Those locations are among the seven Latino heritage sites that preservation scholars say are in need of protection due to their deep cultural and historical ties to the Latino community in the United States.
In a report released earlier this week, the Latino Heritage Scholars, an initiative of the Hispanic Access Foundation, said the sites in Arizona, California, New Mexico, Rhode Island and Texas are currently threatened by multiple factors, including weathering of structures, development plans and gentrification.
“Even though for generations Latinos have continued to prove they are essential to the United States, sites that commemorate Latino heritage are disproportionately excluded when it comes to officially designated heritage and conservation sites,” Galaviz said in a statement.
While the list does not include all of the sites that can tell the complete history and contributions of Latinos in the US, the report states, the authors hope it will highlight the significance of Latino culture and motivate people to learn about other sites.
These are the sites listed in the report:
The ancestral home of the Comanche and Apache
Castner Range is an area of 7,081 acres in El Paso, Texas, that many describe as the “crown jewel” of the Franklin Mountains for its historical and natural importance.
Conservation groups and politicians have been advocating for the site to gain national monument status for years.
A key site for the Chicano movement
Hazard Park was one of the places where thousands of Chicano high school students gathered in 1968 after they walked out of their classrooms to protest poor conditions in schools, lack of college prep courses and poorly trained teachers.
Before World War II, primarily White baseball teams played at Hazard Park but afterward, Mexican American teams “began to proliferate and claim space” there,” the report states.
A ‘truly’ binational neighborhood in the US-Mexico border
The historic first neighborhood of El Paso, Texas, called Duranguito has been at the center of a years-long battle over its preservation.
The downtown area, close-knit neighborhood of brick-and-stucco buildings, Victorian homes and abandoned markets welcomed Mexican historical figures like Pancho Villa and Francisco I. Madero who were key in the Mexican Revolution of 1910.
“Due to its proximity to the border, Duranguito has always been an appropriate place where people on both sides of the US/Mexico border travel, work, and live back and forth between countries. The neighborhood is truly a binational place,” the report says.
A park that saved a Mexican American neighborhood
Chepa’s Park is at the heart of the oldest Mexican American neighborhood in Santa Ana, California.
The park is named after Josephina “Chepa” Andrade, a community activist who fought back along with other community members when city officials wanted to turn the predominantly Mexican American neighborhood into an industrial neighborhood in the late 1960s. They founded a park and saved the neighborhood, the report said.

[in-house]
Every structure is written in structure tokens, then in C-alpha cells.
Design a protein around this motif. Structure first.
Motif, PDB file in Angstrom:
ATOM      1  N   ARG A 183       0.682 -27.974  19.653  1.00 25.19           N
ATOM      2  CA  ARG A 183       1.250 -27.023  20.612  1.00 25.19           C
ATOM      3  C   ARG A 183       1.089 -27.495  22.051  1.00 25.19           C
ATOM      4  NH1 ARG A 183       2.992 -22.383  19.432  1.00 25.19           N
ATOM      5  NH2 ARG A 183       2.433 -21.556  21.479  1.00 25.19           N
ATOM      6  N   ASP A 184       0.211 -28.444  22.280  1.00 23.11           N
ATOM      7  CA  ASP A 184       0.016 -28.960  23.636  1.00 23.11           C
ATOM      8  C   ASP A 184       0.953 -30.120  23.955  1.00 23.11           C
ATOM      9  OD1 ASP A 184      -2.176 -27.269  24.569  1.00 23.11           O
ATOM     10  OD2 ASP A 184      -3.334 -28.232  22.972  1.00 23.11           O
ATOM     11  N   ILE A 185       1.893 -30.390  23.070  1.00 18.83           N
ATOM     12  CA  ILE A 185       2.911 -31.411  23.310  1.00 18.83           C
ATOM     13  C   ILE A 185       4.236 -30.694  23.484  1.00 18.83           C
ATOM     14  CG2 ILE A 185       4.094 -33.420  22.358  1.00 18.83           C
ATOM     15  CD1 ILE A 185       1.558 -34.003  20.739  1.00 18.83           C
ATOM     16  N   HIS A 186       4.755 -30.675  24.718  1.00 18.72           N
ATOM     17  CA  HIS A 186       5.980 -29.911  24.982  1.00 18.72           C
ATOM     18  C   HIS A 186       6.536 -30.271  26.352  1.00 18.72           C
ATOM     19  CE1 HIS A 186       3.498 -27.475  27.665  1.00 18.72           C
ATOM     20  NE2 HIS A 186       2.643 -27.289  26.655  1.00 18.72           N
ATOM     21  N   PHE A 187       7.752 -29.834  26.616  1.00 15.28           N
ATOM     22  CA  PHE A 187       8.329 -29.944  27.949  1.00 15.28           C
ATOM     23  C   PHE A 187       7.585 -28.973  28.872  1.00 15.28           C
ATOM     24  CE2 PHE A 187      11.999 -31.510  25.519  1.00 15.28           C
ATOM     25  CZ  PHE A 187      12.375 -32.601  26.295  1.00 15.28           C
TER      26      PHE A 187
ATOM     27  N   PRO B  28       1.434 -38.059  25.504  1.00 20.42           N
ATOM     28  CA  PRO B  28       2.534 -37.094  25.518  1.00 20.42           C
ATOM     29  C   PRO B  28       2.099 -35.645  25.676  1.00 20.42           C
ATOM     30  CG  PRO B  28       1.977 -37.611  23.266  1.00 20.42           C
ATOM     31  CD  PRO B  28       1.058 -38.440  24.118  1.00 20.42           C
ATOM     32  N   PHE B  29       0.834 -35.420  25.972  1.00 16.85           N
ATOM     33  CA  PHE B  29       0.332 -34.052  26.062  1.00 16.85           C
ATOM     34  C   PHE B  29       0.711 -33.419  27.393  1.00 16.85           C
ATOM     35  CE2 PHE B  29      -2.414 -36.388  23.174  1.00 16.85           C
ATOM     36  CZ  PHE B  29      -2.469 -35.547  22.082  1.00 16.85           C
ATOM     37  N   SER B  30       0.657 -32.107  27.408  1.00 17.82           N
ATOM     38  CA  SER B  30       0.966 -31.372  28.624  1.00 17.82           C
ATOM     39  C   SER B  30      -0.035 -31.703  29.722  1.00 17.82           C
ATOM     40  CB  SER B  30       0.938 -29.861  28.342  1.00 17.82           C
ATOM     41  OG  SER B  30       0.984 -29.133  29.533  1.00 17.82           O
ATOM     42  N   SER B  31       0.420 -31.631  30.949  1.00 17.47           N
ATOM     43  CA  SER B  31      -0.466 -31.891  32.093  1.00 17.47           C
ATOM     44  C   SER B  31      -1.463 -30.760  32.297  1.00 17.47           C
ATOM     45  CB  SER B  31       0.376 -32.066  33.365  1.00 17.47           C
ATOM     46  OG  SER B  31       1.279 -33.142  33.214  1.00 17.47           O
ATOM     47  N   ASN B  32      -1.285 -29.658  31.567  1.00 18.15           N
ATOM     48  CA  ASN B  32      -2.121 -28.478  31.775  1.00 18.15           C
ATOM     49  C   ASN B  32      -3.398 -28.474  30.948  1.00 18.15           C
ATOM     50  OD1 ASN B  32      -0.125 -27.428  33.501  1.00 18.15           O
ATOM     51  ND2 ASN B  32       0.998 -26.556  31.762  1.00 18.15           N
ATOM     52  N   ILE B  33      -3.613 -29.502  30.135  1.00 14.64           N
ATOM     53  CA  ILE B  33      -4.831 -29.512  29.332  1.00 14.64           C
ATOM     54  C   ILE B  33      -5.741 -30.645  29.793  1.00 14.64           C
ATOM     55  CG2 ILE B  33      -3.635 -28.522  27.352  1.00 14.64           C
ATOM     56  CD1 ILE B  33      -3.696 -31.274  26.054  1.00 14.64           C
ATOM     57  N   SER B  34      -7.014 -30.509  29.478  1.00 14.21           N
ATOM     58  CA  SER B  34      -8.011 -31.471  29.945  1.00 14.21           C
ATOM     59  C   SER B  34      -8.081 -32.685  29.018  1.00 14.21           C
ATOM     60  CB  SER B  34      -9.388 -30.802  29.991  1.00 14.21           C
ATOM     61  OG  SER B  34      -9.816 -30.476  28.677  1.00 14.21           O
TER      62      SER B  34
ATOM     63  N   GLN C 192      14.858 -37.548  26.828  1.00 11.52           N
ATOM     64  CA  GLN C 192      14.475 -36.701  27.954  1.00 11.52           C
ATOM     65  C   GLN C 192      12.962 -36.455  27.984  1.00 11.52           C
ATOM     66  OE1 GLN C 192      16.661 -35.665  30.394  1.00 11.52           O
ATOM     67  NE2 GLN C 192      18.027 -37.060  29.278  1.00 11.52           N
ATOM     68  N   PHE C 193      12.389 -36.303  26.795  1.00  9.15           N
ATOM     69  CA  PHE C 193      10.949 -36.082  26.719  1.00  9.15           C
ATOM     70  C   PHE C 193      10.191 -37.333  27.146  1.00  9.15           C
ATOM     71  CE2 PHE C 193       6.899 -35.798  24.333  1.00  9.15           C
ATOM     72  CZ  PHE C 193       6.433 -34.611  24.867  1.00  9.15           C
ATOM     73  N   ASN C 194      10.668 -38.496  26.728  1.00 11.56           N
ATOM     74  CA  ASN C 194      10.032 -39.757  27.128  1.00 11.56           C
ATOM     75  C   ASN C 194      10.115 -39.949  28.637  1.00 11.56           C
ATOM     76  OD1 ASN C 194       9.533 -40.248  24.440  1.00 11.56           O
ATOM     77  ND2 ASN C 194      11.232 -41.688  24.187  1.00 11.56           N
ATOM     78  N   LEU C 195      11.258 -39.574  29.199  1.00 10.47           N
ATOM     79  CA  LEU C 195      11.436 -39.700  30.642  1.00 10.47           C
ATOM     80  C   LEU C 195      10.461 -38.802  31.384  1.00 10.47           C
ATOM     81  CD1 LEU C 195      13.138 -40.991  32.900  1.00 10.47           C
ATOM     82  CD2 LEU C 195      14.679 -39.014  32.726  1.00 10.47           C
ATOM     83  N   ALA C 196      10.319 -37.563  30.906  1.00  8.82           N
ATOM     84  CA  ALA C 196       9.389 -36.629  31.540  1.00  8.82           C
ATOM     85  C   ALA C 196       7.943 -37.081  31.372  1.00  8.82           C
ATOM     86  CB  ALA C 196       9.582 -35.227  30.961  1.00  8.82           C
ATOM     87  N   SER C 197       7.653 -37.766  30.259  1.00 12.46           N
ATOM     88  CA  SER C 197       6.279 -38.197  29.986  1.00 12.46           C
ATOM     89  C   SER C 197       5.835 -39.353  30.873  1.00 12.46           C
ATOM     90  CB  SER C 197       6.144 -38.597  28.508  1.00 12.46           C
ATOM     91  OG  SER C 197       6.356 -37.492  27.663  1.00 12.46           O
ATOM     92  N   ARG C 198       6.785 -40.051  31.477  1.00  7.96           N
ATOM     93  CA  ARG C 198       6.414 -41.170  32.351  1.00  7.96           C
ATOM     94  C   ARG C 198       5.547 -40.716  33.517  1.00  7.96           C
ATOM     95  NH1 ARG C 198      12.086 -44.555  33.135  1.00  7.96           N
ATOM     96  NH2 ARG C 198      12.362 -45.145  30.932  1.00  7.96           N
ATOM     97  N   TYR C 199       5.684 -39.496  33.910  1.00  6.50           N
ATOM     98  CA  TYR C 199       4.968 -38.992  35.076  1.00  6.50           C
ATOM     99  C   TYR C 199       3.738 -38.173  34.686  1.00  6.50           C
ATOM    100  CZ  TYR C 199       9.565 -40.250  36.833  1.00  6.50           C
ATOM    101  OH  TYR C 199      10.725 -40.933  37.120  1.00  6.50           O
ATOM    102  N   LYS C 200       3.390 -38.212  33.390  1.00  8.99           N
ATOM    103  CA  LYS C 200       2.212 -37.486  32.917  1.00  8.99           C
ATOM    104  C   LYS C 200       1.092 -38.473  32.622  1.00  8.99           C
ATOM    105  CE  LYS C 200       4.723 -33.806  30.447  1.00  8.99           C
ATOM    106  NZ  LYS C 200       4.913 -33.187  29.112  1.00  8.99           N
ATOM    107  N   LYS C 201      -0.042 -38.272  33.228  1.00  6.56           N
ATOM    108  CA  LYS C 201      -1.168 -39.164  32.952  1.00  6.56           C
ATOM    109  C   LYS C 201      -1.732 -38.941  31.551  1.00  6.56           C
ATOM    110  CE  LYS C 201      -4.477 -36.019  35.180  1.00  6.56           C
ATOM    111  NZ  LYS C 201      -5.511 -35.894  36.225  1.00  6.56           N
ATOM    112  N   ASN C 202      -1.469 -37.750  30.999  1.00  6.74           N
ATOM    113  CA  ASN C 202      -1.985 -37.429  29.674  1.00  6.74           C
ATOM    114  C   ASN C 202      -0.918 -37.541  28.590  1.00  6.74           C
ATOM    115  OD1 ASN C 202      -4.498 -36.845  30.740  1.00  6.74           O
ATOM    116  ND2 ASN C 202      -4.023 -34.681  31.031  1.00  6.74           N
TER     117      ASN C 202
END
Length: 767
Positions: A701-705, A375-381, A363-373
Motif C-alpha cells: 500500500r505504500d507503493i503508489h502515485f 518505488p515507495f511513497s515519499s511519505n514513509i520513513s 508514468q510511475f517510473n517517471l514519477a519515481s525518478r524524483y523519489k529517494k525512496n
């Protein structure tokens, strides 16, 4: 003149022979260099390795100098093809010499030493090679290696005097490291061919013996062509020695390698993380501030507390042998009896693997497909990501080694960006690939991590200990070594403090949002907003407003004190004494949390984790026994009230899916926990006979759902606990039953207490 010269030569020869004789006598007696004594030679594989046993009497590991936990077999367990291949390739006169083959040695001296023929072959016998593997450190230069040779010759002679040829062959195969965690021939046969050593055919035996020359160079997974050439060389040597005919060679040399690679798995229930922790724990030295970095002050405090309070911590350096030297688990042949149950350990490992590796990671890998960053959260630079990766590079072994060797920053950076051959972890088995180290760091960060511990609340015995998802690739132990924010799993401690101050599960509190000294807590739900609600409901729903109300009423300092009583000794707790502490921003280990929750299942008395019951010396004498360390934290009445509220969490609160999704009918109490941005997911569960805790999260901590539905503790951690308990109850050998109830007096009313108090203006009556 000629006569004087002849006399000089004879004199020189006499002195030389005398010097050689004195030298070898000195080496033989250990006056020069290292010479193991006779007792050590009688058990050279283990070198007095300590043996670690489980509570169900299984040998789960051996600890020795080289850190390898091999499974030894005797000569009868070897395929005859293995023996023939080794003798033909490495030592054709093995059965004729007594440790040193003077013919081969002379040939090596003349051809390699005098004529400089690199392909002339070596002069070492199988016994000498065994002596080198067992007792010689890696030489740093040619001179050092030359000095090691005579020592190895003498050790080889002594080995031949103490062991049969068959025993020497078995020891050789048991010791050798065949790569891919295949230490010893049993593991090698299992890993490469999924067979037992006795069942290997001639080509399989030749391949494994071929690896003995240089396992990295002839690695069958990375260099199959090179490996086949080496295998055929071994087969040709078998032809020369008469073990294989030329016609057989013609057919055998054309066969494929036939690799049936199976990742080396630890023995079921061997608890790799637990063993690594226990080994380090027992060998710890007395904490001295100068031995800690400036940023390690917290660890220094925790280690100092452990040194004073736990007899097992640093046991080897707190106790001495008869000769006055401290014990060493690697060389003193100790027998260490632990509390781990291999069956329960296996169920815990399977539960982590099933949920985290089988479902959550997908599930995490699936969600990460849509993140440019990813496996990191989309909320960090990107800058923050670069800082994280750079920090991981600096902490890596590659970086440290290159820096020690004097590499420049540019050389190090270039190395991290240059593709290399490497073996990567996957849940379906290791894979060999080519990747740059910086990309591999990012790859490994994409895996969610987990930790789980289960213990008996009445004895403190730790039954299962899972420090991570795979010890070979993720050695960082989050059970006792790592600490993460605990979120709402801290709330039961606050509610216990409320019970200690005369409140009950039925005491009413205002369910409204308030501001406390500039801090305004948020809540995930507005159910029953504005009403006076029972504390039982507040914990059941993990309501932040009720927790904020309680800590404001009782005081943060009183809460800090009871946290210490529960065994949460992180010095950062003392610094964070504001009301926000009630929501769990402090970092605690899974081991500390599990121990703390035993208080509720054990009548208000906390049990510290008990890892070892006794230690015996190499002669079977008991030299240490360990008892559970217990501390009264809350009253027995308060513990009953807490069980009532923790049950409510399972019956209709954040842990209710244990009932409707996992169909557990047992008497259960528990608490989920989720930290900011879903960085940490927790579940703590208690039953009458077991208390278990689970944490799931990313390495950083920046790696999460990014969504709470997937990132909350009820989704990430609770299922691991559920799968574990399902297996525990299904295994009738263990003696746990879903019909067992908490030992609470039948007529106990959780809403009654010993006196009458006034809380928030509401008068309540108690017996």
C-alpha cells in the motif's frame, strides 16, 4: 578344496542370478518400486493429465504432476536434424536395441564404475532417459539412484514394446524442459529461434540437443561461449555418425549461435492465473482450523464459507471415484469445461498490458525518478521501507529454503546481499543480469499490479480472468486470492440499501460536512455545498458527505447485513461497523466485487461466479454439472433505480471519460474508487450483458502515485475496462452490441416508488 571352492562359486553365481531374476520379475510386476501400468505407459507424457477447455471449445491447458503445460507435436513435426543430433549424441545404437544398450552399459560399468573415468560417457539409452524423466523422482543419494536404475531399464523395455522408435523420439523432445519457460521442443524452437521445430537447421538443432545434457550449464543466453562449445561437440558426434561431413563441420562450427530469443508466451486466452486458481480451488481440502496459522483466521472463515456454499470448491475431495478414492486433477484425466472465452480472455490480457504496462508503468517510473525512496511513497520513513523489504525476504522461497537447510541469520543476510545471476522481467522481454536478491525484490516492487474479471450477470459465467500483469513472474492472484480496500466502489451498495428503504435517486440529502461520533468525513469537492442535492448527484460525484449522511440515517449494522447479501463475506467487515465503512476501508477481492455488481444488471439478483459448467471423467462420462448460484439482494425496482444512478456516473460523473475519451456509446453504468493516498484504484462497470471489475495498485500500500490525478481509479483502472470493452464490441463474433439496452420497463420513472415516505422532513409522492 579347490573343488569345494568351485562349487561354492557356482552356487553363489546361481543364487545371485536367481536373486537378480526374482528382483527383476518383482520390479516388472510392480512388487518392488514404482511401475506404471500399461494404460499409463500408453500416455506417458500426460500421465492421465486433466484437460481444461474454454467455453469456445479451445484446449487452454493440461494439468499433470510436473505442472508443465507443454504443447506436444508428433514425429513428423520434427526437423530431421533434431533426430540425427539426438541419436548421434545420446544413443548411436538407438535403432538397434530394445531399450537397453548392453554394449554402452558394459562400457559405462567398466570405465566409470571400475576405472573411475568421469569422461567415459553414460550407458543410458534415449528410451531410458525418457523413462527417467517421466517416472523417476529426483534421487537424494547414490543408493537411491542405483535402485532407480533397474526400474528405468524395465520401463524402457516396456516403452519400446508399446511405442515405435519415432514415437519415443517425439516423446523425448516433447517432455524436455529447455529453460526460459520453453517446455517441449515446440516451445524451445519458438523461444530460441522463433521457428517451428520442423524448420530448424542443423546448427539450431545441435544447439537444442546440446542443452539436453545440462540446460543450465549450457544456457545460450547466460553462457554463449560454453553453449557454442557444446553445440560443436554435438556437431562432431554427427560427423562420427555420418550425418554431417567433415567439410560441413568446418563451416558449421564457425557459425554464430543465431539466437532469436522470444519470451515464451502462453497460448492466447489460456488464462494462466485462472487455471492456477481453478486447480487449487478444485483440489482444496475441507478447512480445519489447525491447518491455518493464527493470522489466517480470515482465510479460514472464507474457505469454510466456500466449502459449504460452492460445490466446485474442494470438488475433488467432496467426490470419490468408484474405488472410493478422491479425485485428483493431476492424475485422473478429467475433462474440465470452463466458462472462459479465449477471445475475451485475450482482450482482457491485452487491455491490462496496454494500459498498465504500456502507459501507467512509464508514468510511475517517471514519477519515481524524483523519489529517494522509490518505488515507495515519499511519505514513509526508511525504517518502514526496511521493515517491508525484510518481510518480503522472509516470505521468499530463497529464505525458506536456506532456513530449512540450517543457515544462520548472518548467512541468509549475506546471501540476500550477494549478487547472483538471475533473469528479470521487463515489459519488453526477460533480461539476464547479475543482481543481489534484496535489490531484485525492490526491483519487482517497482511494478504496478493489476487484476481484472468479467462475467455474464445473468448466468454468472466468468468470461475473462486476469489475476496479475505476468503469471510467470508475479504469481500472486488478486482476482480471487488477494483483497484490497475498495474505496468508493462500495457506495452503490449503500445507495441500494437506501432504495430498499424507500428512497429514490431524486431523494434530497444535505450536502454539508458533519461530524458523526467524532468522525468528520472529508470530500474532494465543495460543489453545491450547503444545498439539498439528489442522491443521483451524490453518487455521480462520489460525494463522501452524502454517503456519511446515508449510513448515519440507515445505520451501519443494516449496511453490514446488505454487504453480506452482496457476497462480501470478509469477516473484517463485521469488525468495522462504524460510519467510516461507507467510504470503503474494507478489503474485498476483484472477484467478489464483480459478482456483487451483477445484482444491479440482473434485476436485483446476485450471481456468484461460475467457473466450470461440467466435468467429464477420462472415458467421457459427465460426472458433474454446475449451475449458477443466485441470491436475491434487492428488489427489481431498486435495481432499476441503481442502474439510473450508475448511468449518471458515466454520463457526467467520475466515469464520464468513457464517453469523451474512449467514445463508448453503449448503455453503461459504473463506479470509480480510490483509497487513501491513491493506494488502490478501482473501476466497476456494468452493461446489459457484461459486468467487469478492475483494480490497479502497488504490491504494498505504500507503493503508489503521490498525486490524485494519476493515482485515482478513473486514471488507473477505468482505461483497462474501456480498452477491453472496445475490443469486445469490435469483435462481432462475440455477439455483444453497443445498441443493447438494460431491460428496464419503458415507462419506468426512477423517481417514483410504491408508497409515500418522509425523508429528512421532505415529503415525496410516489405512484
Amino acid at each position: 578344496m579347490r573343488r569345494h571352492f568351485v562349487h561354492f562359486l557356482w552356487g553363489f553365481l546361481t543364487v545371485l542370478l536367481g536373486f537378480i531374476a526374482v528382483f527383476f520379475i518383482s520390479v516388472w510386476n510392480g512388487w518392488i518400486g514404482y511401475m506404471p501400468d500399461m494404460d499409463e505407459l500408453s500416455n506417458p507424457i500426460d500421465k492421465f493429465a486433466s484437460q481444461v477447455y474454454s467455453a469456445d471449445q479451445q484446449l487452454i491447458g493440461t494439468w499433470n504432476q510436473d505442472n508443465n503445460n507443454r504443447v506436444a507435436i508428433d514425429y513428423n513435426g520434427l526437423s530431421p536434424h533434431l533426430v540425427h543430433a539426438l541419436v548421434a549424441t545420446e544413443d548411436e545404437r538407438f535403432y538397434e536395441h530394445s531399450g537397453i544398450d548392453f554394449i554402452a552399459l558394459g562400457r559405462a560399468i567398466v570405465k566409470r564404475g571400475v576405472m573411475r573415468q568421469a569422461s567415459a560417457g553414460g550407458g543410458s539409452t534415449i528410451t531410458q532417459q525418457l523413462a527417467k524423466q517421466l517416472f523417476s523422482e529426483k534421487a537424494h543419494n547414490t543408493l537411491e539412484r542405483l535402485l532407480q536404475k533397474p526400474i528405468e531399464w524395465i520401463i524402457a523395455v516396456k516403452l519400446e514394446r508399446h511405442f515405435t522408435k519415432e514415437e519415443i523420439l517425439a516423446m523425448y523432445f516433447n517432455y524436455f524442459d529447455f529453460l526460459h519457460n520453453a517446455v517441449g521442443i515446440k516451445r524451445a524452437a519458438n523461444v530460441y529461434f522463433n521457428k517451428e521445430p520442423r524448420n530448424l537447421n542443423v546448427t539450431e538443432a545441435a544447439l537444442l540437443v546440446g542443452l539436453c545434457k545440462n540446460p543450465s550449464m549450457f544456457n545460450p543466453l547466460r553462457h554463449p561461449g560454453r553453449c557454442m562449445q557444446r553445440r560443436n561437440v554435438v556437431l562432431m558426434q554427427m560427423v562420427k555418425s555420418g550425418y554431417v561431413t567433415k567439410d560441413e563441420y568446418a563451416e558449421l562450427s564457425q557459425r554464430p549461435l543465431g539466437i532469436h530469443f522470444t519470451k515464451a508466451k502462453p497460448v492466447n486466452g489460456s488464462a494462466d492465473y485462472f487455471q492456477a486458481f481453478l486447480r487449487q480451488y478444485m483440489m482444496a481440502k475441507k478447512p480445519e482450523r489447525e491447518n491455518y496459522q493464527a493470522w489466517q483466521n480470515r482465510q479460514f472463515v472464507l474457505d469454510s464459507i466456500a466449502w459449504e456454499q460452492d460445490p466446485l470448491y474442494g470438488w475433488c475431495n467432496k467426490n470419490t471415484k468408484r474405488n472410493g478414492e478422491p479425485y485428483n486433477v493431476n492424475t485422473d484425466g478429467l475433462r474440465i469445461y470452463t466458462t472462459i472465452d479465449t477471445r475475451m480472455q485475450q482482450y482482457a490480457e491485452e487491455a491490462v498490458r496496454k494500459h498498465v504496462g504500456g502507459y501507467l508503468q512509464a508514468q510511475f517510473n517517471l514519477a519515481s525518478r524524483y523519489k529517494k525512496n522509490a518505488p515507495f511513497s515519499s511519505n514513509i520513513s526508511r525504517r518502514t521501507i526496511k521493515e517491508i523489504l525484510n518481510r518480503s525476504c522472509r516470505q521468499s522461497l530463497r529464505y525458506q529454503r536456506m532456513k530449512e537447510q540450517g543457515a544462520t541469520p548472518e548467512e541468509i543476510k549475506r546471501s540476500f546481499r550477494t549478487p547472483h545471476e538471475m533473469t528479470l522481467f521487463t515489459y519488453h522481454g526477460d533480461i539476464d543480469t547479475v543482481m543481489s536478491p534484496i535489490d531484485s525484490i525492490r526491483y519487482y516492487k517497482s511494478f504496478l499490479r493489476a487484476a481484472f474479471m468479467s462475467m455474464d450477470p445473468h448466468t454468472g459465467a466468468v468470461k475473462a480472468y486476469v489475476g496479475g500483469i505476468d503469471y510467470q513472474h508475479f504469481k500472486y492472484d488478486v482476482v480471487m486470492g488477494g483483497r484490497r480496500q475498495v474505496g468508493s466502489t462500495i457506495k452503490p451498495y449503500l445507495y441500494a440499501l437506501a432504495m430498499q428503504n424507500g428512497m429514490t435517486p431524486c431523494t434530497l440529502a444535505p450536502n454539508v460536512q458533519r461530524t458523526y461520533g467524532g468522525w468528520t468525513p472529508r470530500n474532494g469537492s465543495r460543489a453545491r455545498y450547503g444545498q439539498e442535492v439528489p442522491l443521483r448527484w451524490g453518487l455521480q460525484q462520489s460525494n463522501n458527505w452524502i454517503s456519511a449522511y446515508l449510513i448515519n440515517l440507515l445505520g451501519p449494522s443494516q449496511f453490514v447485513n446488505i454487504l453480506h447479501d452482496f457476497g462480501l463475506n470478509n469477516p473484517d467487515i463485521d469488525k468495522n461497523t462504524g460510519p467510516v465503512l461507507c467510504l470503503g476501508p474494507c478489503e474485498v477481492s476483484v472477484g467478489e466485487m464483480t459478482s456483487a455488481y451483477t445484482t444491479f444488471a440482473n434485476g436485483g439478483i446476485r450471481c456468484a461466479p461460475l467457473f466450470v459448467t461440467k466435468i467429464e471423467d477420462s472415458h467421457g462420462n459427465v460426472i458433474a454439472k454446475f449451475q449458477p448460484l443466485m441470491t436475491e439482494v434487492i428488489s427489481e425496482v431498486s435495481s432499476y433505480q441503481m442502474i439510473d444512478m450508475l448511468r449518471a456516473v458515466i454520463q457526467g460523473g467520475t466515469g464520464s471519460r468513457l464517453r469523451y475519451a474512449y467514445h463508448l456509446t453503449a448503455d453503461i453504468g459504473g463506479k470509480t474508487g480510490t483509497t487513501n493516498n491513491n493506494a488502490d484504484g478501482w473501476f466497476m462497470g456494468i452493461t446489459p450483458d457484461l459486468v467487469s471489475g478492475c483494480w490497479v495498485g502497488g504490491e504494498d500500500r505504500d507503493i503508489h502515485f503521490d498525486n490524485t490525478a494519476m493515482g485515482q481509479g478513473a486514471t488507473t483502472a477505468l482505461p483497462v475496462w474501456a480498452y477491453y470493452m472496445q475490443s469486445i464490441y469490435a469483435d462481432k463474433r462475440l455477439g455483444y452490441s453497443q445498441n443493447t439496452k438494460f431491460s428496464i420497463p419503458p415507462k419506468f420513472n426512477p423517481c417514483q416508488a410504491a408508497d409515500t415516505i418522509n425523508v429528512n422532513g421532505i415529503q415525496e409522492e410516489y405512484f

The park was originally named Logan Park but was renamed in March 2008 to honor Andrade’s activism.
A bodega that became a symbol for Latinos in Rhode Island
Fefa’s Market was the first Dominican-owned bodega to open in Providence, Rhode Island in the mid-1960s and its owner was seen as the “start of the Latinos community” in the state.
“She was seen as the start of the Latino community in Rhode Island, especially in paving the way for Latino business owners and entrepreneurs in the State,” the resolution said.
A transborder park uniting families
Located partly in Southern California and partly in Tijuana, Mexico, thousands of people visit the park to meet friends and family who can’t cross the border and connect with them through the steel meshed fences diving the two countries.
Friendship Park was inaugurated by First Lady Patricia Nixon in 1971, when loosely placed barbed wire separated the two countries.
When Nixon arrived at the park, she asked her security to cut the wire, so she could visit with a crowd of Mexican citizens. “I hope there won’t be a fence here too much longer,” she said at the time.
Since 1971, the fence at Friendship Park has only gotten bigger, having gone through two iterations — one in 1994 and then again in 2007. Most recently it was reinforced with metal mesh in 2012.
A river in the Southwest
The Gila River stretches 600 miles from New Mexico to Arizona and has been considered “the lifeblood” for numerous Indigenous communities and Hispanic settlers for more than 1,000 years.
It has been “the lifeblood for numerous human civilizations, a host of endangered, threatened, and endemic species, agricultural and recreational, activities, and a valuable and unique landscape for geological study,” according to the report.